Thursday 17 October 2019

Log cabins, chalets and four people to a room: what's left in squeezed market

Cosy: €765 per month for this wooden chalet in Swords, Co Dublin
Cosy: €765 per month for this wooden chalet in Swords, Co Dublin

Gabija Gataveckaite

With the average rent in Dublin now soaring over €2,000 and a record low number of properties available, landlords are charging increasingly extortionate rates for log cabins, bunk beds and even bed shares.

A self-contained small house at the back of someone's garden in Swords is being advertised as a "cosy wooden chalet" for €765 a month, "strictly" for one person.

The accommodation features a sofa in the kitchen and a small bathroom with an electric shower. The landlord did not reply to requests for comment at time of publication.

In Rathmines, four people are invited to share a single bedroom with two bunk beds in an apartment .

At a rate of €125 a week, the landlord requests women only.

The property was advertised by Jan Rejthar, who is an agent that lets apartments on behalf of the landlord.

‘Real treasure’: This log cabin in Kildare was on the market for €850 a month
‘Real treasure’: This log cabin in Kildare was on the market for €850 a month

"The thing is, when you look at the market, it is what the market allows for," he told the Irish Independent.

"There is a lot of pressure to get housing, but this [demand] doesn't reflect what the market allows for."

In Kildare, a log cabin is on the market for €850 a month, with the landlord having increased the price by €70 since the advert was initially posted.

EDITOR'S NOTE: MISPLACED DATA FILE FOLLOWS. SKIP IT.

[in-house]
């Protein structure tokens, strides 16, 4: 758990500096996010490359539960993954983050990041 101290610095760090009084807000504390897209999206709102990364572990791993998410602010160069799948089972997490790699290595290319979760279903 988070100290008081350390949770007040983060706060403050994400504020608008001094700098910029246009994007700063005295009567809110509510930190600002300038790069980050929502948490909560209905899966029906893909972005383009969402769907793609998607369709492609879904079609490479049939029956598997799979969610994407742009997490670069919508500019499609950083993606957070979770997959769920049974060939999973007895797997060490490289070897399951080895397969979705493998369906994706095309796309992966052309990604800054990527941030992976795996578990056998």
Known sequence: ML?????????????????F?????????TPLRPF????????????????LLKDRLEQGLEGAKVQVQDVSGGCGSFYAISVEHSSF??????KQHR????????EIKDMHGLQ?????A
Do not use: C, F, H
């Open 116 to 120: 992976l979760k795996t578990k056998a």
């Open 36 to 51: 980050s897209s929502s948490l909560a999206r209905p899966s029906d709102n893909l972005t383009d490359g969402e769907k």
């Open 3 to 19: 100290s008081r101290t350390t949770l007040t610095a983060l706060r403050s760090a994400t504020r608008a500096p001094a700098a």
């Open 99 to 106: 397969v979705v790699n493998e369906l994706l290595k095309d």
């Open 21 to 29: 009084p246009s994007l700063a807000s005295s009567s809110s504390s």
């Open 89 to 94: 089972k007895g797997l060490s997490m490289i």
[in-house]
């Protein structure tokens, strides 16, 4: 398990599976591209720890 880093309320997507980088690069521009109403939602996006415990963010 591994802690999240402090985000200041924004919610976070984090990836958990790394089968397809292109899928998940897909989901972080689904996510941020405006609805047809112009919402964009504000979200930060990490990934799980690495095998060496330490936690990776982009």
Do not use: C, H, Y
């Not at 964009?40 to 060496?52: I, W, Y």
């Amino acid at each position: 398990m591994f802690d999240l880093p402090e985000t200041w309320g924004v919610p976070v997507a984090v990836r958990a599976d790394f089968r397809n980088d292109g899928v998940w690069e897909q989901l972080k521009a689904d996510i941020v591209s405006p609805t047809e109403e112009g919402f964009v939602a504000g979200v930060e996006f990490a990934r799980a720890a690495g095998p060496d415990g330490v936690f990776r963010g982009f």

Described as a "real treasure", the ad stated the tenant would have to shower in the main house.

The homeowner, who asked not to be named, said: "It's idyllic, if I had any choice I wouldn't share it with anyone."

She said she had lowered the rent again, but declined to say by how much. "For ordinary homeowners like me, we're just trying to make ends meet.

"There's two completely different groups of people out there, people like me, who are in desperate situations but are middle class and everything looks good on the outside," she said. "But there are landlords who screw people and they will try to put themselves in the same category as me and then buy new cars every two years and go on foreign holidays," she added.

"I know people who do the Rent-a-Room scheme and there's a shame and an embarrassment factor with it."

The Rent-a-Room scheme allows people to rent out a room tax-free provided the income amounts to less than €14,000 per year.

Since the Irish Independent spoke to the homeowner, the log cabin ad has been removed.

Meanwhile, in Dublin 1, a one-bedroom house, with two sets of bunk beds in a shared room, is on offer for €410 a month.

The ad was posted in a group on Facebook, where landlords and tenants discuss accommodation. This group has more than 55,000 members.

"Most of the houses in town are expensive," said Irem Celebi, who posted the advert.

"This house really ranks in a great location."

In Blanchardstown, a company is offering a one-bed 'new build' with a double bedroom and an incorporated kitchen and living room for €1,300 a month.

"I don't set the price obviously, it's a new build so the price would be brought up by that as well," said Lesley Meehan, the agent letting out the property. It was reduced last week as it was €1,400 before.

"It's a one-bed, new build and that's the average price in the area," she said.

It's not just expensive or small accommodation that's on offer. Some ads warn specific nationalities not to apply.

One advert in a Facebook group has "no Portuguese speakers" listed at the top.

The user who posed the ad did not reply to requests for comment at the time of going to print.

Irish Independent

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